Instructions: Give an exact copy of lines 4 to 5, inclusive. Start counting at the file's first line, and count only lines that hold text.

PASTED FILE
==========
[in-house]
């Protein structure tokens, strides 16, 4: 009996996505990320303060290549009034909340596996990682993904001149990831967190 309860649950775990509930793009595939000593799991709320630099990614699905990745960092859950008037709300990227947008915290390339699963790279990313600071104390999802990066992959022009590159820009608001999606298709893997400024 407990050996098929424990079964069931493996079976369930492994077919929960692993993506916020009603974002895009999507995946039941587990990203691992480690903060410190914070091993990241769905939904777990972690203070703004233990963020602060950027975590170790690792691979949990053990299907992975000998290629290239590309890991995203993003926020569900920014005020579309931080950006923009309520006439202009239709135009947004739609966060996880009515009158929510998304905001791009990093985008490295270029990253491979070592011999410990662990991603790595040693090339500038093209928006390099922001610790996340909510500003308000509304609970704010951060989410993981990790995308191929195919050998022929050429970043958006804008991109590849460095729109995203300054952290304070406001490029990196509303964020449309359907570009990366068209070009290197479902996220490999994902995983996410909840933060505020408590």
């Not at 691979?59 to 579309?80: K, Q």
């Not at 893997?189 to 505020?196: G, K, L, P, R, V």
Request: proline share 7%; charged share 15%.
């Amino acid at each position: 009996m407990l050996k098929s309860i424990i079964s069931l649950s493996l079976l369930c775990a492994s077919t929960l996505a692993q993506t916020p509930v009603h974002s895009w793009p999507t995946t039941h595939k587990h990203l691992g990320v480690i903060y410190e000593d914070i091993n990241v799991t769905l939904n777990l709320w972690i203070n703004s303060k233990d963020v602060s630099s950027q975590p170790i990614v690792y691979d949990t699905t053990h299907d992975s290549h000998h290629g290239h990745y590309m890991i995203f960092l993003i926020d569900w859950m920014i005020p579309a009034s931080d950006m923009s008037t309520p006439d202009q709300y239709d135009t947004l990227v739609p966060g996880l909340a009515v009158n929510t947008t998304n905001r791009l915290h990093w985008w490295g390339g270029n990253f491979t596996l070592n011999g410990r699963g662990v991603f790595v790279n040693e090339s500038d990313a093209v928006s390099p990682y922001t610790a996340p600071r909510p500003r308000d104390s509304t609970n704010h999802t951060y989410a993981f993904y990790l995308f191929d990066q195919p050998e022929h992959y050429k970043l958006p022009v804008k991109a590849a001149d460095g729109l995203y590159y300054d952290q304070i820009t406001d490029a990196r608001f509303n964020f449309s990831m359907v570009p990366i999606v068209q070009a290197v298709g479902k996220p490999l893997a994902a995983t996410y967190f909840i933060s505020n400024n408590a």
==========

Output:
């Not at 893997?189 to 505020?196: G, K, L, P, R, V």
Request: proline share 7%; charged share 15%.